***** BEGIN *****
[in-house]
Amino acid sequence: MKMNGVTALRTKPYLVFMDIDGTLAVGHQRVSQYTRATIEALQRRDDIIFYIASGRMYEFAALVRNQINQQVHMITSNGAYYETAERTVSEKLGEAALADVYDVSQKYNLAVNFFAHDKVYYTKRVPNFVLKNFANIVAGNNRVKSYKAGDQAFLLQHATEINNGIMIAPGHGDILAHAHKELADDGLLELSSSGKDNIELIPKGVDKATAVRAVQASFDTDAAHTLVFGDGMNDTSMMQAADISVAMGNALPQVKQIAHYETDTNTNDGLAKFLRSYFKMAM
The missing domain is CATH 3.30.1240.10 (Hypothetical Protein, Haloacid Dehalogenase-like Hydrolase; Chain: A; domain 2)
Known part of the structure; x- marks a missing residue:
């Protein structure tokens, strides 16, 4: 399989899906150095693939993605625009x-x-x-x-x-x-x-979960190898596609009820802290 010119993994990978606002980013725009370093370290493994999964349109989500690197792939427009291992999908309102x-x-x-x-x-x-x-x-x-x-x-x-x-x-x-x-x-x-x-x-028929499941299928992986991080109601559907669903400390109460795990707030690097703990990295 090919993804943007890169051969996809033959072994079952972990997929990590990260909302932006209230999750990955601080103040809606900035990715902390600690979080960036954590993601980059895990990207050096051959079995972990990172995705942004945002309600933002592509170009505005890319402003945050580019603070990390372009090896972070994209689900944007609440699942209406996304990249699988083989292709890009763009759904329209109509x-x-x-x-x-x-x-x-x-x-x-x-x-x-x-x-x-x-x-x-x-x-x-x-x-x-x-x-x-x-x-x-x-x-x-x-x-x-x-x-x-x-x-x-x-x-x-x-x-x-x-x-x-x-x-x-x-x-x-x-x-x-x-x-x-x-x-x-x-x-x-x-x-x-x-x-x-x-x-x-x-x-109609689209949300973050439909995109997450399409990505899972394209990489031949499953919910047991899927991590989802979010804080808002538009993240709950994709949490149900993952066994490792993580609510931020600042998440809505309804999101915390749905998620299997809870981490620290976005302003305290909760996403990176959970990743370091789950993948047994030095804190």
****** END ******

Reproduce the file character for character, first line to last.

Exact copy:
[in-house]
Amino acid sequence: MKMNGVTALRTKPYLVFMDIDGTLAVGHQRVSQYTRATIEALQRRDDIIFYIASGRMYEFAALVRNQINQQVHMITSNGAYYETAERTVSEKLGEAALADVYDVSQKYNLAVNFFAHDKVYYTKRVPNFVLKNFANIVAGNNRVKSYKAGDQAFLLQHATEINNGIMIAPGHGDILAHAHKELADDGLLELSSSGKDNIELIPKGVDKATAVRAVQASFDTDAAHTLVFGDGMNDTSMMQAADISVAMGNALPQVKQIAHYETDTNTNDGLAKFLRSYFKMAM
The missing domain is CATH 3.30.1240.10 (Hypothetical Protein, Haloacid Dehalogenase-like Hydrolase; Chain: A; domain 2)
Known part of the structure; x- marks a missing residue:
């Protein structure tokens, strides 16, 4: 399989899906150095693939993605625009x-x-x-x-x-x-x-979960190898596609009820802290 010119993994990978606002980013725009370093370290493994999964349109989500690197792939427009291992999908309102x-x-x-x-x-x-x-x-x-x-x-x-x-x-x-x-x-x-x-x-028929499941299928992986991080109601559907669903400390109460795990707030690097703990990295 090919993804943007890169051969996809033959072994079952972990997929990590990260909302932006209230999750990955601080103040809606900035990715902390600690979080960036954590993601980059895990990207050096051959079995972990990172995705942004945002309600933002592509170009505005890319402003945050580019603070990390372009090896972070994209689900944007609440699942209406996304990249699988083989292709890009763009759904329209109509x-x-x-x-x-x-x-x-x-x-x-x-x-x-x-x-x-x-x-x-x-x-x-x-x-x-x-x-x-x-x-x-x-x-x-x-x-x-x-x-x-x-x-x-x-x-x-x-x-x-x-x-x-x-x-x-x-x-x-x-x-x-x-x-x-x-x-x-x-x-x-x-x-x-x-x-x-x-x-x-x-x-109609689209949300973050439909995109997450399409990505899972394209990489031949499953919910047991899927991590989802979010804080808002538009993240709950994709949490149900993952066994490792993580609510931020600042998440809505309804999101915390749905998620299997809870981490620290976005302003305290909760996403990176959970990743370091789950993948047994030095804190």